To make climate change real, we need better stories

Carolyn McMaster | April 21, 2015

“So let’s be better storytellers.”

This was the closing sentence of a recent piece by David Roberts, former writer for Grist, now at Vox. He analyzed Jonathan Franzen’s controversial essay in The New Yorker, which takes the somewhat confused view that climate change has co-opted environmentalism as a movement.

Reading Franzen’s piece, along with some of the subsequent criticism, got me thinking about how we can talk about climate change (and sustainability) differently—so that it matters, so that people who don’t think about it will. Facts alone won’t do it. And the nation is conflicted about the facts, as these maps from the Yale Center on Climate Communication show.

Some have advocated using different words, such as “climate disruption.” I agree that’s more accurate, and that climate change and global warming are rather baggy concepts. But changing terms isn’t the answer—it will only create more confusion.

Roberts gets it right in saying that climate change is “too big to grasp all at once.” It’s far away, and it’s hard for individuals to see how they can make a difference. Franzen wrote about his enviro-guilt, which he noted didn’t necessarily make him change his behavior, because his impact on the problem is relatively infinitesimal. Most people I know feel this way, whether they hang-dry their laundry or not.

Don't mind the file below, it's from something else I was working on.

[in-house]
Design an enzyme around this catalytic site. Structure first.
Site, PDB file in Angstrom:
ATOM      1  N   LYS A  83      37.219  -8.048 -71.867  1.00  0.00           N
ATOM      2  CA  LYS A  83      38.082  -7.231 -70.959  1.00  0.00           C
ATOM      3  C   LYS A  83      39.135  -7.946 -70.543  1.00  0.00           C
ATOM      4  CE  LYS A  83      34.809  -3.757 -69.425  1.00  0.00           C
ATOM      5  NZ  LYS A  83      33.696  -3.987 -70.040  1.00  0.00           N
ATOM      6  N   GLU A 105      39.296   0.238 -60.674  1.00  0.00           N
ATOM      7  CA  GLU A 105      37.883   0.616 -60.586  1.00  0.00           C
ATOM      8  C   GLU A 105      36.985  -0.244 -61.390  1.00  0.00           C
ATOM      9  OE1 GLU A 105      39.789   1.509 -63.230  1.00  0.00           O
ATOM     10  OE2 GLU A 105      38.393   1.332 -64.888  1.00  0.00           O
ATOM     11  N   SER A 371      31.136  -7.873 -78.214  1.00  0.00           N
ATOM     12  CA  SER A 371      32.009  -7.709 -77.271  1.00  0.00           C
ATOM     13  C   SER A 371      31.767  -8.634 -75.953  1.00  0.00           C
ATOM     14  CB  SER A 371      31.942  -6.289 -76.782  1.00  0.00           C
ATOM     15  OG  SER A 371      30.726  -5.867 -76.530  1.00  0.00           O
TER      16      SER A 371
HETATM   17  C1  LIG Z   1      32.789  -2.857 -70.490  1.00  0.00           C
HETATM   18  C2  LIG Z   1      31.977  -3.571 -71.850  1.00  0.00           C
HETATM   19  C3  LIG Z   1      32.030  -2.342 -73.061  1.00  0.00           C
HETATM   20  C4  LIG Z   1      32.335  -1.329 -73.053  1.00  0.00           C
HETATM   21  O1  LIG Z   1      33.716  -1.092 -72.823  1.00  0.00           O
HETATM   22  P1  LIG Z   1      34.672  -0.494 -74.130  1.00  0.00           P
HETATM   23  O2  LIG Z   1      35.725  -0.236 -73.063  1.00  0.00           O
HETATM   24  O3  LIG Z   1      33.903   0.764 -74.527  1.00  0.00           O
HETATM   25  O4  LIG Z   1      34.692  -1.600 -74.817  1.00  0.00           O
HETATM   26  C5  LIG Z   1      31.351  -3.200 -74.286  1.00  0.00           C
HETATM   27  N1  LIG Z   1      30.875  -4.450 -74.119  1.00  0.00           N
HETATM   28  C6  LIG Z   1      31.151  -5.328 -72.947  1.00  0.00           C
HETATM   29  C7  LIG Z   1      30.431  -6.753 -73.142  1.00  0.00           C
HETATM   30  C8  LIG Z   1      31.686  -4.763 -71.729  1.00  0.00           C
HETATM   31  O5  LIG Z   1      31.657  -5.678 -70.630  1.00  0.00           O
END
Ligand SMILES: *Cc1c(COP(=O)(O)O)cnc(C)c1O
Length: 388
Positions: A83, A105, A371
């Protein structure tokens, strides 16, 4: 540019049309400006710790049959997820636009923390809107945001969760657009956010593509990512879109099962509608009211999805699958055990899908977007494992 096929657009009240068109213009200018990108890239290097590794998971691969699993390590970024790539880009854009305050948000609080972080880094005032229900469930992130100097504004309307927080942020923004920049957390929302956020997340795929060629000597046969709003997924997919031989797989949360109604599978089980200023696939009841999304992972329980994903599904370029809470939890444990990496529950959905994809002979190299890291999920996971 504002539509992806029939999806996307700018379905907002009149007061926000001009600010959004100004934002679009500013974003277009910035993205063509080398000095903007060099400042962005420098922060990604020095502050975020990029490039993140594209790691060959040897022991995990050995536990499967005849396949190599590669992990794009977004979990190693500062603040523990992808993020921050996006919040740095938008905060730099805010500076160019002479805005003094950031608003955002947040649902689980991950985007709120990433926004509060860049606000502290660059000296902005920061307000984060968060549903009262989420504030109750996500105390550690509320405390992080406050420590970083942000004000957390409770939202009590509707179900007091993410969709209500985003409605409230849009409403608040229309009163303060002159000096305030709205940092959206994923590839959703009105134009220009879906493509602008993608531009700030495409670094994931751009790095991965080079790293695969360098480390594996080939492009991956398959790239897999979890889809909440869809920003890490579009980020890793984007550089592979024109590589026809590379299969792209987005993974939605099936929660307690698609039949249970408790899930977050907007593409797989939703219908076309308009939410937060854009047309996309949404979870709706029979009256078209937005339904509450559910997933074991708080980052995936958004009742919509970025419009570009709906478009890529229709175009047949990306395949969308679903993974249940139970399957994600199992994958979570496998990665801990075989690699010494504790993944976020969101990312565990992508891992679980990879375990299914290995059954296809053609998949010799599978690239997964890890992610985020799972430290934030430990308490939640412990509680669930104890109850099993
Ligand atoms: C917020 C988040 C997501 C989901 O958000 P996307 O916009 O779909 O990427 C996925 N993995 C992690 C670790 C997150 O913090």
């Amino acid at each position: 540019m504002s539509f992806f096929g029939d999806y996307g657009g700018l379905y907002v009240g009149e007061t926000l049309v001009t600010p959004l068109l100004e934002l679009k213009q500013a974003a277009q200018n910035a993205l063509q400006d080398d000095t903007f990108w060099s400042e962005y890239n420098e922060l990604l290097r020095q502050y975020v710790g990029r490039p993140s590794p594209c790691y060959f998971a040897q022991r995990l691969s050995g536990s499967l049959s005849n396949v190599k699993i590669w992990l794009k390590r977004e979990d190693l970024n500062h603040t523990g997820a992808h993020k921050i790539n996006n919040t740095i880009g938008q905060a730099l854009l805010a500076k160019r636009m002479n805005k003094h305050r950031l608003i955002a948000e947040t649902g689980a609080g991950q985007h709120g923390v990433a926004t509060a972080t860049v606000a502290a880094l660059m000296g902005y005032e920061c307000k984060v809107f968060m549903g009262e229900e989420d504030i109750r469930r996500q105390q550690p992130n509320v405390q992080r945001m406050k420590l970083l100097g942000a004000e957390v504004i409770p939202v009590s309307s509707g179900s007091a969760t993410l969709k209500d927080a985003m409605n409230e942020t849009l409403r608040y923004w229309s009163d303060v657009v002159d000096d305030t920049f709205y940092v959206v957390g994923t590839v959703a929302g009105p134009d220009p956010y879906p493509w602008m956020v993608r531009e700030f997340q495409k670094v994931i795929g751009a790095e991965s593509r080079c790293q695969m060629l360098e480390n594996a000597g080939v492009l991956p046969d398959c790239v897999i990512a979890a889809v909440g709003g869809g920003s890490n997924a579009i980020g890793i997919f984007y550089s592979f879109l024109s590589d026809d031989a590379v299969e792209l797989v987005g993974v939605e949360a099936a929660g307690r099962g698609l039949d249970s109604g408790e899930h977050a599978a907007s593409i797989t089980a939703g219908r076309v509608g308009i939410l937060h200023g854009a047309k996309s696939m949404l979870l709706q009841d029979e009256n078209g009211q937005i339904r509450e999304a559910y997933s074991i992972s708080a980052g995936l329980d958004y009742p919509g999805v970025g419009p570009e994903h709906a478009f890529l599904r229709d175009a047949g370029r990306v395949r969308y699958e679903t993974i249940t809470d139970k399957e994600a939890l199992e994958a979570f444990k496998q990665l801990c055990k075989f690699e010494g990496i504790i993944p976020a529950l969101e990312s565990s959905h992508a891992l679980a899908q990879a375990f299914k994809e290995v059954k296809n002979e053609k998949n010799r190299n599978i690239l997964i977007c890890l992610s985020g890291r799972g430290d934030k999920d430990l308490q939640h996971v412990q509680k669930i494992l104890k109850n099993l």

People need something smaller and more relevant to grab onto that will give climate change “some linkage, some anchor, in our lived experience and values,” Roberts writes. “People … need a story to tell themselves, a way of fitting climate change into their world. Knocking down bad stories will be ineffective unless there are more, better stories available.”

Bad stories keep the issue at arm’s length and distort facts; they fail to humanize the problem or present a viable vision or solution.

Better stories inspire, show the difference individuals and groups are making in the world, and break the issue into digestible, human-size chapters that people can relate to. Telling these stories is an imperative for all organizations—businesses, NGOs and government agencies—that want to drive real progress on any sustainability issue. They can show people that collective actions matter.

As Hunter Lovins says, “This isn’t just about polar bears and disappearing islands. It’s about humanity.”


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